As you know there’s lots going on in Washington. The fiscal year ends this weekend, and lawmakers are scrambling to pass a massive spending bill for the Departments of Defense, Labor, Health and Human Services, and Education as well as a continuing resolution to fund other parts of government they haven’t gotten to. A boatload of new damaging tariffs went into effect. There’s an extension or reauthorization of the Federal Aviation Administration, the Farm Bill expires (not a big deal until the end of the year), not to mention a Supreme Court nomination fight that you might have heard about.
But we keep our eye on everything, so even though you might have missed it, we noticed. Last week the Department of the Interior (DOI) issued a final rule concerning the huge amount of natural gas that’s wasted every year during oil and gas drilling on federal lands, and frankly, it’s awful. Explaining exactly why would take a lot of details – we’ve written about this many, many, many times in the past. Short version: This rule sells out the American taxpayer. In fact, the degree to which it accommodates the oil and gas industry is astounding – it’s almost as if DOI doesn’t have the taxpayer interest in mind. Taxpayers, as a result, will be poorer by the millions.
For some background, it’s worth remembering the problem that required a new rule in the first place:
Methane waste during oil and gas production on federal lands is systemic. During the normal course of drilling down into rock formations under federal lands and establishing a well, a lot of natural gas comes to the surface –which is kind of the point. But instead of capturing it, processing it, selling it, and paying taxpayers royalties on it, operators often simply release it into the atmosphere or burn it off. The circumstances and reasons for not capturing it vary, but they all boil down to one explanation – it’s easier and sometimes cheaper not to.
The waste is half the problem. The other half is that oil and gas companies operate under regulations written in 1979, before technologies made oil more accessible. And under those regulations, they haven’t been charged for wasting valuable gas. With no incentive to change practice, the amount of lost gas – and royalties owed to taxpayers, the rightful owners of federal lands all of it comes from – has ballooned as production took off in recent years.
In our April 2018 Gas Giveaways report, we detailed just how much taxpayer-owned natural gas is being wasted by oil and gas companies royalty-free. In 2017 alone, of the 21 billion cubic feet of natural gas lost on federal lands, royalties were collected on just 19 percent. For context, 21 billion cubic feet of gas is enough to supply the residents of Mississippi, or Florida, for an entire YEAR. Something needed to be done to fix the problem. Here’s what transpired:
In November 2016, the Bureau of Land Management (BLM) finalizes a rule to address the problem. It’s pretty good, but not perfect. The new 115th Congress is sworn in and they try to repeal the rule. They fail by one Senate vote (in part due to stiff opposition from a certain taxpayer group…). But Secretary of the Interior Ryan Zinke takes up where Congress left off. The rule is delayed, fought over in court, and then suspended from taking effect. The BLM publishes a proposed rule in February, 2017 to replace the one from 2016.
Which brings us to last week, when the BLM finalized the replacement rule. Its problems start with its premise, which is that the 2016 rule needed to be replaced because it “…contain[ed] numerous administrative and reporting burdens that are unnecessary and likely to constrain development.” By “constrain development,” they mean it leads to less energy production.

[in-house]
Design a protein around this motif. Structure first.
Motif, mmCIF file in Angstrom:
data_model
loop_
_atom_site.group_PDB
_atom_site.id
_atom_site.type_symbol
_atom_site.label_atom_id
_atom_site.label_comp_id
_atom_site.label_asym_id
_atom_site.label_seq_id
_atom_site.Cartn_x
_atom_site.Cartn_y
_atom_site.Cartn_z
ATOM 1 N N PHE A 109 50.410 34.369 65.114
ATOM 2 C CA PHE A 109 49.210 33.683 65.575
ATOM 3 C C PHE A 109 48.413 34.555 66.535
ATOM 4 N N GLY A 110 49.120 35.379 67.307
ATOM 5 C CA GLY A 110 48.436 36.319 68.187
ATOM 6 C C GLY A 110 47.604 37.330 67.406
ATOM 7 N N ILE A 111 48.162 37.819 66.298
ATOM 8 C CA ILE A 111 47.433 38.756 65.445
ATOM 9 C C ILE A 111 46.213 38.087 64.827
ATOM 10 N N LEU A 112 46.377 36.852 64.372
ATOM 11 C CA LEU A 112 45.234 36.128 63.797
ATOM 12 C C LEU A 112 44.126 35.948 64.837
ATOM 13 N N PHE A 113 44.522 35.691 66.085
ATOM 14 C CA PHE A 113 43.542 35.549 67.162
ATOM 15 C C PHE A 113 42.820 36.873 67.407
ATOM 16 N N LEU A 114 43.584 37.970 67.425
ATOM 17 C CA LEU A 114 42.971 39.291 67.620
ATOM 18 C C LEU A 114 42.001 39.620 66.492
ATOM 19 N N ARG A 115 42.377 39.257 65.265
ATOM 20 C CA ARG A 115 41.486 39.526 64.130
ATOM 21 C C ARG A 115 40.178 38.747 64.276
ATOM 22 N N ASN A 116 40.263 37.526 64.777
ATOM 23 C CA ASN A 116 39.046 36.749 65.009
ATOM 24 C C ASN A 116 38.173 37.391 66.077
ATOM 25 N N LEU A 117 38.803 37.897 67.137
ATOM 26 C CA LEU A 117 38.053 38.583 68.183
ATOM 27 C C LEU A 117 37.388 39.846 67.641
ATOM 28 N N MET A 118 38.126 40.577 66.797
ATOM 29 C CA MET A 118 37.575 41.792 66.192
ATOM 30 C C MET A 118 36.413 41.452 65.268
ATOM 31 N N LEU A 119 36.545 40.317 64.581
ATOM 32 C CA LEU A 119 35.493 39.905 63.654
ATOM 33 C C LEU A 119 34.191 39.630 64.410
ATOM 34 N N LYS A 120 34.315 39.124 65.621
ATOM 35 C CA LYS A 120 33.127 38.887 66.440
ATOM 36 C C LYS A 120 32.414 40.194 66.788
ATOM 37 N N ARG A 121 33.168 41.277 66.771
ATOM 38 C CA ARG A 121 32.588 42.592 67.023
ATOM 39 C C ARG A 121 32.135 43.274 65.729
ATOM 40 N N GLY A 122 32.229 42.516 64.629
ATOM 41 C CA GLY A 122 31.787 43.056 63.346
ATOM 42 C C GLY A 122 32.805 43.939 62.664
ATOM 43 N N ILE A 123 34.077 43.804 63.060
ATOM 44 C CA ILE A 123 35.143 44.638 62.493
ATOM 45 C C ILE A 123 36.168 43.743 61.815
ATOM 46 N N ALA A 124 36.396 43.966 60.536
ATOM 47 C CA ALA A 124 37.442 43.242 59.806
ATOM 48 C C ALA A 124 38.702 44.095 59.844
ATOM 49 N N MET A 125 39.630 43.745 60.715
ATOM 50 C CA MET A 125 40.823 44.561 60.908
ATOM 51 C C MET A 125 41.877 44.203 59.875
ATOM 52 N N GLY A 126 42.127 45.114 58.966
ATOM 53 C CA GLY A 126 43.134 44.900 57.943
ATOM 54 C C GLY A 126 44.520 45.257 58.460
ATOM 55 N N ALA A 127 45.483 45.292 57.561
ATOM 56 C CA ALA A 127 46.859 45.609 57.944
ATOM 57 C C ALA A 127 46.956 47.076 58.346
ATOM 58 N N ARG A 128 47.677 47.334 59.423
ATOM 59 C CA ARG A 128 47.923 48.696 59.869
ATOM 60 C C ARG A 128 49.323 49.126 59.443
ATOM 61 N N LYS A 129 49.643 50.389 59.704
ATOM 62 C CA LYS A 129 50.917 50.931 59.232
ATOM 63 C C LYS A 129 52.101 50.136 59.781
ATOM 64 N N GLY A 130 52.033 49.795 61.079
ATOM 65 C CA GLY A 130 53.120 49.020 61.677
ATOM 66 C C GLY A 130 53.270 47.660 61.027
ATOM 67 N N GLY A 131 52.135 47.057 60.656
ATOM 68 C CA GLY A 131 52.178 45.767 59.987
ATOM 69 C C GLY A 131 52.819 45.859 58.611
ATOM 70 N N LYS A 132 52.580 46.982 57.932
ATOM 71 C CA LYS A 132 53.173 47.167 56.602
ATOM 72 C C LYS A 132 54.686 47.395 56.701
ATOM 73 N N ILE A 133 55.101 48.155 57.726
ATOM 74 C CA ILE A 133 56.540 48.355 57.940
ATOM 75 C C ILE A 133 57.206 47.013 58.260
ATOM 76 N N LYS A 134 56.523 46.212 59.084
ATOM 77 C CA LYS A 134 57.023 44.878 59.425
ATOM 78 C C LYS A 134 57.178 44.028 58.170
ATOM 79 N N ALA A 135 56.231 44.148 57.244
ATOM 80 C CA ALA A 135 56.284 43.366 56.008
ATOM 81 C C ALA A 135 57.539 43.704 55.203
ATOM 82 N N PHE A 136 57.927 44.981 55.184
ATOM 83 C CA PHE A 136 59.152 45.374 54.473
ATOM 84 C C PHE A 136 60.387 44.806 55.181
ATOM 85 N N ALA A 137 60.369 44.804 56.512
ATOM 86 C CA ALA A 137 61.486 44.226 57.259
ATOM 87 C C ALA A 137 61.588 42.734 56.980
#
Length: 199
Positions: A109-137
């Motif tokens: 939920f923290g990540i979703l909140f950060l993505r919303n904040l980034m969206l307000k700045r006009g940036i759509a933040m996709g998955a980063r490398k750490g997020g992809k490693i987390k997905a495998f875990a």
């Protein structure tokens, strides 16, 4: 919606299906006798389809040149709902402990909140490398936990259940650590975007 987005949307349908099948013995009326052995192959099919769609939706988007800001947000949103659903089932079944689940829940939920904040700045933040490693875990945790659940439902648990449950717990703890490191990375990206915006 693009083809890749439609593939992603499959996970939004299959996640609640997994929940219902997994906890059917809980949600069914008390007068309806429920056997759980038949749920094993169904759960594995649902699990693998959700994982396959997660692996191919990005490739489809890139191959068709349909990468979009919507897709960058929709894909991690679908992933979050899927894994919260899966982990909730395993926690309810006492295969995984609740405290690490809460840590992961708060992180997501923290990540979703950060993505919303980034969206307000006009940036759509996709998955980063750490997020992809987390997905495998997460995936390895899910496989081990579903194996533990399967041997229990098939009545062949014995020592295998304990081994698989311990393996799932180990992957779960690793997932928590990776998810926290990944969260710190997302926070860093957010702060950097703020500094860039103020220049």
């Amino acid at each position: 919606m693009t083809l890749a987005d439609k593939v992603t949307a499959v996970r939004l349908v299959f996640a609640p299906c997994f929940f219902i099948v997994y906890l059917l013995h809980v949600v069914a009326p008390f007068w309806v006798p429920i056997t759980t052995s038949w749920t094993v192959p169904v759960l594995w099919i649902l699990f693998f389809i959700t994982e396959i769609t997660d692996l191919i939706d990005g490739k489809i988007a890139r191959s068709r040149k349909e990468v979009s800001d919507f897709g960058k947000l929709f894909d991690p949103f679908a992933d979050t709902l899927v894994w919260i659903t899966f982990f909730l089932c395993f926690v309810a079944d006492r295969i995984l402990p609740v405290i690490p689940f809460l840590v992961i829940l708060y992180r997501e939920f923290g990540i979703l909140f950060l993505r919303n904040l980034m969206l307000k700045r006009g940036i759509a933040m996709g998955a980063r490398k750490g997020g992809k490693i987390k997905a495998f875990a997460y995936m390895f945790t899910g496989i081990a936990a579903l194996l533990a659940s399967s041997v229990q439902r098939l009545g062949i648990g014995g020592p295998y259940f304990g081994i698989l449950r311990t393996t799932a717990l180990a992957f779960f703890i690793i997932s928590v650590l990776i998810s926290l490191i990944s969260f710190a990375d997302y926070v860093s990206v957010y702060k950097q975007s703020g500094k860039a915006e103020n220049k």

Less Energy To Market – By BLM’s Own Admission
Ok, fine, we’re all for “American energy dominance” as the administration touts. But hold on, by the BLM’s own admission, as a result of their replacement rule, LESS energy would actually come to market – 299 billion cubic feet of natural gas less, to be precise. Our response to this in comments on the proposed rule was: “This uncontested fact contradicts the BLM’s stated justification for the proposed rule and throws into question the agency’s seriousness in issuing it.” Which is the nicest way we could say, “bull$#*!”
There are myriad other problems, but two others stand out. The first is that the rule casually adds a definition for “waste of oil or gas” that challenges the basic understanding of the word “waste.” According to the BLM, taxpayer resources are only “wasted” if oil and gas companies can capture it without paying too much. If they can’t, then the rule treats the millions of dollars worth of gas floating into the atmosphere like an embarrassing indiscretion. No one mention it, the oil well probably just had too much refried beans for lunch.
And of course, if it’s not “waste,” then oil and gas companies don’t have to pay us for it. Except it is, and they should.
On the subject of when these operators have to pay for lost gas, the new rule also says that the federal agency managing production of federal resources on federal lands, shouldn’t determine when companies should pay for wasting gas. The states should do that. And with a devil-may-care attitude, the BLM admits in the new rule that they don’t actually expect gas waste to go down as a result of deferring to states.
Assessing the rule altogether, the natural question to ask is, “who actually thinks this is good policy?” Answer: Oil and gas companies. In fact, that nugget about redefining waste seems to come directly from the American Petroleum Institute’s comments to the 2016 rule. At the time, the BLM responded by saying there was “no statutory or jurisprudential basis” for that position. But now the new rule tells us, they are ready and willing to sell out taxpayers.